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Another northern Illinois library has been added to the Library Journal's 5-star list

Gail Borden Library
Gail Borden Library

A northern Illinois library was one in 16 new libraries in the U.S. to receive prestigious top honor for its service outputs during 2019.

For the past 14 years, the Library Journal has recognized several U.S. libraries with its star index awards based on data that is received from the Institute of Museum and Library Services Public Library Survey. Last year, the Gail Borden Public Library in Elgin received 5-stars, which is the highest honor. This is the first time the library grabbed this award.

Meredith Schwartz, the editor-in-chief of the Library Journal, emphasized that the star awards only focus on the numbers.

“So, there's not like a secret cheat code to getting to be a star library. The whole point is to try to look at a generalized overview of library output performance,” she explained. “I want to emphasize that output word because there's a lot of great services that libraries provide that are not measured by this index. And that's because you can't numerically count them.”

Keith Curry Lance is a contractor for the Library Journal. He said all libraries are required by law to report this data.

It includes print and electronic circulation, physical visits, program attendance, public Internet computer use and Wi Fi use.

“And then the latest number we added to the index just two years ago, is what the Institute for Museum and Library Services, which actually collects this data,” he said, “calls successful retrievals of electronic information. Well, that's a bit too wordy for us. So, we just call it e-retrievals.”

Simply put this just shows how many times users accessed the libraries' available databases.

That’s an important number these days. A lot of important information on the internet is behind a paywall.

So, Lance said, having a library card is like having a key to an electronic fortune.

“Most of the databases that libraries provide access to, all of us as individuals, we could never dream of affording to subscribe to all those databases ourselves,” Lance said. “And our public libraries do that for us. And all you have to give to get in online to any of those databases is your public library card number.”

Lance said a few numbers took the Illinois library over the top.

“The Gail Borden library had above average numbers on print circulation visits, program attendance and in a big, big way, Wi Fi sessions and database use e-retrievals,” he explained.

Carole Medal is the CEO of the Gail Borden Public Library District in Elgin. She said although this award is not based on the quality of service at the library, receiving it has caught the community’s attention.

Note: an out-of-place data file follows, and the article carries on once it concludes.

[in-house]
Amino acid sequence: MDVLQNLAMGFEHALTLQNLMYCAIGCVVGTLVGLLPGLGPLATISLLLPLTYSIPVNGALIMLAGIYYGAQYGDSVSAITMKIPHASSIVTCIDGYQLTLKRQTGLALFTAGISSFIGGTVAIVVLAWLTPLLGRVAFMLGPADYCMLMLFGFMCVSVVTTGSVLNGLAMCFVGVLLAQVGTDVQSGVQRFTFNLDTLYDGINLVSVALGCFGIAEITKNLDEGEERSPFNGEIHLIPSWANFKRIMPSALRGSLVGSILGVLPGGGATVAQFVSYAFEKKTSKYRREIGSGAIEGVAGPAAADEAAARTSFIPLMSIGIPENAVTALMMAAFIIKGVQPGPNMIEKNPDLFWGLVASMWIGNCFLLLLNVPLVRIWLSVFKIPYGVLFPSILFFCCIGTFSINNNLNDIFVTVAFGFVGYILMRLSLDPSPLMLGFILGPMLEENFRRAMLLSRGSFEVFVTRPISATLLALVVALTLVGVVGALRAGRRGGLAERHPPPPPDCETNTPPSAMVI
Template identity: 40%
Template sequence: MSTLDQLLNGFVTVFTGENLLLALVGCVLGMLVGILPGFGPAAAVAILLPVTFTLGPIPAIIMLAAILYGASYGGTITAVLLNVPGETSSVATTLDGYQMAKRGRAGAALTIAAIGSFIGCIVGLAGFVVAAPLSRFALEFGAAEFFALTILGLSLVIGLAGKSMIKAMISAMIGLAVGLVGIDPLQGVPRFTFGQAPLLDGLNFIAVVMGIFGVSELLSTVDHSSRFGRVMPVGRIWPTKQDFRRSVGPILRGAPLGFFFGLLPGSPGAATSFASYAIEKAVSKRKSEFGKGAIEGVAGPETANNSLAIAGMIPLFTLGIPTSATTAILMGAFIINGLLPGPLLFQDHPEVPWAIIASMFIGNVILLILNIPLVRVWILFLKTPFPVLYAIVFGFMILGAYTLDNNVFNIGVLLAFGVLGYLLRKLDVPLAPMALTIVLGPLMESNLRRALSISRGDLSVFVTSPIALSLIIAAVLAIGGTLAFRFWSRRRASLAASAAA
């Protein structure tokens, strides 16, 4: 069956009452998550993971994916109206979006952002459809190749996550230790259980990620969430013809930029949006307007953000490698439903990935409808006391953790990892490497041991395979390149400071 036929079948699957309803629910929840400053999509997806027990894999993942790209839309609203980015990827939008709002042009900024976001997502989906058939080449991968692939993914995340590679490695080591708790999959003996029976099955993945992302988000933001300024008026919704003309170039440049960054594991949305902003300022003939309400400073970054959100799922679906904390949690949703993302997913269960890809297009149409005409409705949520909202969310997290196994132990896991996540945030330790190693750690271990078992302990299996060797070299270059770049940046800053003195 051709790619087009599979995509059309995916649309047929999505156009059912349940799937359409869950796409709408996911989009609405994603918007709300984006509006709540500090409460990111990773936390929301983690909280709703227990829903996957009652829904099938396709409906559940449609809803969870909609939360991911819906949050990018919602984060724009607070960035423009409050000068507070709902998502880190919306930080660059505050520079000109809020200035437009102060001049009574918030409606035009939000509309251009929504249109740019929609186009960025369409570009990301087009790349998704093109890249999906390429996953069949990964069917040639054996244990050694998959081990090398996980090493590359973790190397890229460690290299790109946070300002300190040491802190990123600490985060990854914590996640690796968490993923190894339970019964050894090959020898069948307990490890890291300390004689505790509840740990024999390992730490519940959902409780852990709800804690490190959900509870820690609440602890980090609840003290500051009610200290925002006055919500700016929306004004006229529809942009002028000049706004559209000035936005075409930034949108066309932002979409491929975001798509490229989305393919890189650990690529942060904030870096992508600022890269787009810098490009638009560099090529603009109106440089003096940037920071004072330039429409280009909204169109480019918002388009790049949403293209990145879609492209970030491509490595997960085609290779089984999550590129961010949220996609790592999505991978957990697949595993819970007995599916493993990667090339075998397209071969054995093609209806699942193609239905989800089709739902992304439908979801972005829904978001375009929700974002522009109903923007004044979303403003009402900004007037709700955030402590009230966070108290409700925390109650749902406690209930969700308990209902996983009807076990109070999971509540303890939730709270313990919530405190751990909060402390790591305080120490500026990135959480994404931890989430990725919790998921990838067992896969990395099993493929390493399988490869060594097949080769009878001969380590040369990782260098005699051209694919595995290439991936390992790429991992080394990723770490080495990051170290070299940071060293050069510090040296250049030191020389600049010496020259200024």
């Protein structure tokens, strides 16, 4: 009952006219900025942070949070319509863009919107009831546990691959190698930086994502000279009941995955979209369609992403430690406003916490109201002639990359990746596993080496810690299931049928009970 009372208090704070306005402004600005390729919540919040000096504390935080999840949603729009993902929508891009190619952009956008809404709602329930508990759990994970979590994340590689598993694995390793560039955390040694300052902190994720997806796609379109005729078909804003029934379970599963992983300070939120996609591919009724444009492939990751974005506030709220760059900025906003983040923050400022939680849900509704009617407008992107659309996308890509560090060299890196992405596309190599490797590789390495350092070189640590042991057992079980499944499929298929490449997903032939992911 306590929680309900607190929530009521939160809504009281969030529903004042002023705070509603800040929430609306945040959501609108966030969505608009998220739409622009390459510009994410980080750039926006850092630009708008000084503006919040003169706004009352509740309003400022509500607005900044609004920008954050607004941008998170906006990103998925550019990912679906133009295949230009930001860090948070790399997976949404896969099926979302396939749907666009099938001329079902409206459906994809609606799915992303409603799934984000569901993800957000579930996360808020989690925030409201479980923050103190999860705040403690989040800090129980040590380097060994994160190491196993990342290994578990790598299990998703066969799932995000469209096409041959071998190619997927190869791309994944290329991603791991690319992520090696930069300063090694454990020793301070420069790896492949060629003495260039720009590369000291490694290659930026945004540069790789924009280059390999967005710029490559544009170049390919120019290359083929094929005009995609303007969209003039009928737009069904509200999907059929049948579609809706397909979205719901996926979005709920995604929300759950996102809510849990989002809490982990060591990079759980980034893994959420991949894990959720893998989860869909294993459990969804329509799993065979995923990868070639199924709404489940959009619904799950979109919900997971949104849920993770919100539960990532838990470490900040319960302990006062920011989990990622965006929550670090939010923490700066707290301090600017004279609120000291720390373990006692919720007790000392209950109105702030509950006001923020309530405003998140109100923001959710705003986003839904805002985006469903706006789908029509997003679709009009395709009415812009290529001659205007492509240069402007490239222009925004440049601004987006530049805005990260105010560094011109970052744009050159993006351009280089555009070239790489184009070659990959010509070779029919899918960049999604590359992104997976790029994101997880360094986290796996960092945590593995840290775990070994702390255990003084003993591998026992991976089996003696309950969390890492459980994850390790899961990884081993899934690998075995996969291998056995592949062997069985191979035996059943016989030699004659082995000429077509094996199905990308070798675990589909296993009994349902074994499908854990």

“People react to things that are rated like that -- 5-stars. And we're used to that 5-star hotel, 5-star restaurant and all of that,” she mentioned. “And as a result, it did put us in the spotlight.”

Denise Raleigh is the division chief of public relations and development at the library district. She said the main goal of the library is to serve the community.

“And I do think what they're collecting, if it's impacting the community, we will be there, again, because of the tremendous value that we provide to others,” she said.

Schwartz said this isn’t the only time the Elgin library has been recognized by the Journal.

“The most recent version of the Jerry Klein Community Impact Prize, Gail Borden was one of the two honorable mention libraries,” Schwartz added. “They also have had staff members in the past who have become ‘Movers & Shakers,’ which is an award that we give not to libraries, but to individual librarians and other library workers.”

Schwartz said the Klein award is more about quality and not the numbers. She said this speaks more to the breadth than depth.

“It's not that you can't learn anything from the numbers,” she explained. “It's just that you learn something different from the numbers than you learn from a one-on-one interview with a library patron whose life has been profoundly changed. But you got to have both.”

Schwartz expressed that it is important for libraries to accurately report their numbers saying that some institutions don’t fill out all the information when they submit to the Institute of Museum and Library Services.

The 2021 ratings reflect pre-pandemic numbers. Lance said he’s not sure how next year’s will look since some libraries had to close partially during that time.

“What I'm guessing will happen is that for a lot of libraries, there'll be a big shift from the more physical measures to the more electronic ones, because so much of the use will be remote,” he said. “It'll also be interesting to see what happens with things like program attendance.”

There are certain tiers that each library can fall under and those are based on the libraries’ budget. Gail Borden fell in the category for libraries that spend from 10 to 29 million dollars. Some other Illinois libraries who’ve received a 5-star rating include: Naperville, Elmhurst and Schaumburg.

  • Yvonne Boose is a current corps member for Report for America, an initiative of the GroundTruth Project. It's a national service program that places talented journalists in local newsrooms like WNIJ. You can learn more about Report for America at wnij.org.
Yvonne covers artistic, cultural, and spiritual expressions in the COVID-19 era. This could include how members of community cultural groups are finding creative and innovative ways to enrich their personal lives through these expressions individually and within the context of their larger communities. Boose is a recent graduate of the Illinois Media School and returns to journalism after a career in the corporate world.